Thursday, January 14, 2016

Breaking Down 2015

After reviewing all the stats, I have to say: I kicked 2015's ass. I had a baby; I negotiated a deal while having that baby. I kept turnaround times, contracts, correspondence, sales and pitches moving, all with a brand new baby in tow...because challenge: I THRIVE ON THEE! :)

Here's how my agent life stacked up in numbers for 2015:

Queries (unsolicited) rec’d:

Request rates (based on above):

Partial: .2%
Partial Request genres:

  • MG funny contemp
  • historical romance with mystery
  • YA contemp
  • YA historical magical realism
  • contemp romance

Full: .6%
Full Request genres:

  • adult multi-cultural
  • Chapter Book boy funny 
  • PB author/illustrator
  • PB text only (2)
  • MG speculative
  • MG magical realism/multi-cultural
  • MG funny contemp
  • YA adventure
  • YA historical
  • YA historical magical realism
  • YA magical realism
  • Gritty YA contemp
  • YA fantasy

Offers: .2%
Signed Genres:

  • MG magical realism/multi-cultural
  • YA magical realism
  • Chapter book boy funny

R&R’s requested: 2 (.1%)
Offers from R&Rs: 1

This means, roughly, that I requested a partial on 2 out of every 1000, a full 6 out of every 1000, and offered on 2 out of every 1000 queries I received.

This year, I was 40% likely to request the full from a partial
I was 29% likely to make an offer on a full request

In sum: I was more likely to request a full, though I was not as active with signing and requesting as last year (down from 70% likely to request full from partial, and 59% likely to make an offer on a full).

Avg. response time:
Partial: 7 weeks
Full: 8 weeks

After tracking my turnaround times for several years now, this has been pretty consistent. I always wish I could be faster, but, considering this year I felt like a literal black hole as I adjusted to everything baby, it's an accomplishment to have kept things the same.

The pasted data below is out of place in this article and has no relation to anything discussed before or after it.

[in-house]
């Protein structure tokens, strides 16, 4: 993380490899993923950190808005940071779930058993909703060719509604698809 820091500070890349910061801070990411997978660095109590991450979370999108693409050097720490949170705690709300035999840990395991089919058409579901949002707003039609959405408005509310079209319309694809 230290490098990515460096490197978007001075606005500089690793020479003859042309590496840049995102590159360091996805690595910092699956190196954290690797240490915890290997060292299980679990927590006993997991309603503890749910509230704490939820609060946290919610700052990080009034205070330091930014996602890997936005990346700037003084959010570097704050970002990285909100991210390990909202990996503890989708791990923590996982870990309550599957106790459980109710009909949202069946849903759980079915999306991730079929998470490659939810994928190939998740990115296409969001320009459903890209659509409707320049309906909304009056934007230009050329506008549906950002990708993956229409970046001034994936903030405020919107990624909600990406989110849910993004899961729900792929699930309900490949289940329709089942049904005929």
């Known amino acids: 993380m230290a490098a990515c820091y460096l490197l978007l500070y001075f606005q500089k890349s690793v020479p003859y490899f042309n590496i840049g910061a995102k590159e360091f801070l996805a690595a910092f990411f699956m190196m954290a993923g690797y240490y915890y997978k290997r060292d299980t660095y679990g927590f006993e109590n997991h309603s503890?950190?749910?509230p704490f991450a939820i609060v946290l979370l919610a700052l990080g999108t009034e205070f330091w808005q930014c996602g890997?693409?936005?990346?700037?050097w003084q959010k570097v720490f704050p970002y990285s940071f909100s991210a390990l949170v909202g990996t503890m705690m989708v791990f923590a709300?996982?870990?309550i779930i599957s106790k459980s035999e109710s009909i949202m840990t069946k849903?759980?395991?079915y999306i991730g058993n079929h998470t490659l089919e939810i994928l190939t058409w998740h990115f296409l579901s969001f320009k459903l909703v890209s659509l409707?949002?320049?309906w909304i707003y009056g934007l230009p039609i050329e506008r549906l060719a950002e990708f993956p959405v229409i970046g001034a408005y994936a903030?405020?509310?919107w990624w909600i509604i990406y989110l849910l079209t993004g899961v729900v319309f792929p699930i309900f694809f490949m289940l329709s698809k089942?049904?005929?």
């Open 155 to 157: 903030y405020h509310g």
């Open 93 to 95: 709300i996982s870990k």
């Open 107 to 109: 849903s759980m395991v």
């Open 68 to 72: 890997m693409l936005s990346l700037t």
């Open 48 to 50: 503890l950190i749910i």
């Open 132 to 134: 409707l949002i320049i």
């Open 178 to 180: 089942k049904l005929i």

Months with most queries: June-July, Sept-Oct (last year March, June-July)

Months with most requests: July, Oct (last year Feb, April-May)

Most active period of offering and signing: Aug-Nov (last year Jan-Feb & June)

With being closed to submissions until May 1, everything shifted down!

12 deals for 17 books
vs. last year, where I had 14 deals for 30 books - HOWEVER, in advances, my growth was 62%!! :D Considering I did nothing but baby time for a good four months this year, I'm pretty dang happy.

My agent resolution last year was to keep up the momentum; I was pretty on par for the deals, but managed overall growth while being shut down for four months, which is a 100% success!!  I pulled in to focus on my fabulous clients, and this year...

My agent resolution: GROW, SELL, GROW!!

Tuesday, November 24, 2015

On Fan Fic: Food For Thought

Fan fic, or writing fiction based on existing worlds and characters, isn't new - what is new is that it can turn into opportunity.

The Wall Street Journal covered this over a year ago (hey, I had a baby, I can be late to the discussion), focusing on Kindle Worlds and the opportunity it created for fans to legally publish fan fic (because, you know, otherwise it is ILLEGAL - do not publish/post without understanding this!).  The more traditional non-profit approach to fan fic survived low on the radar of copyright infringement primarily because it didn't threaten sales of the real books. KW is done through license deals with publishers; authors can make money, but so do the publishers.

Pretty cool. I guess. As an agent whose client was approached by KW to write for one of their

So here's the thing. Fan fic can be great. But not if it's going to take away from your own career.

What worries me about this new form of fan fic is that it could lead an author too far down the path of writing for someone else. This wasn't something to really worry about before; after all, fan fic could also lead to bigger and greater things like Fifty Shades of Grey, wherein the end new book is original enough it doesn't appear to be a derivative, and bing bang boom a new bestseller can be born.

But because authors are now free to publish without having to worry about masking the elements that were created by someone else, will those same authors, who might have created the next Fifty Shades of Grey, simply...not?

Or will an author so excited to be approached by or interested in KW take up the challenge...and spend time that otherwise might have gone to their own work doing it?

It's been around long enough that I can't really say it's much of a threat. But...something, I think, to keep in mind, the advice of the day on career planning, if you will - for any time spent on fan fic.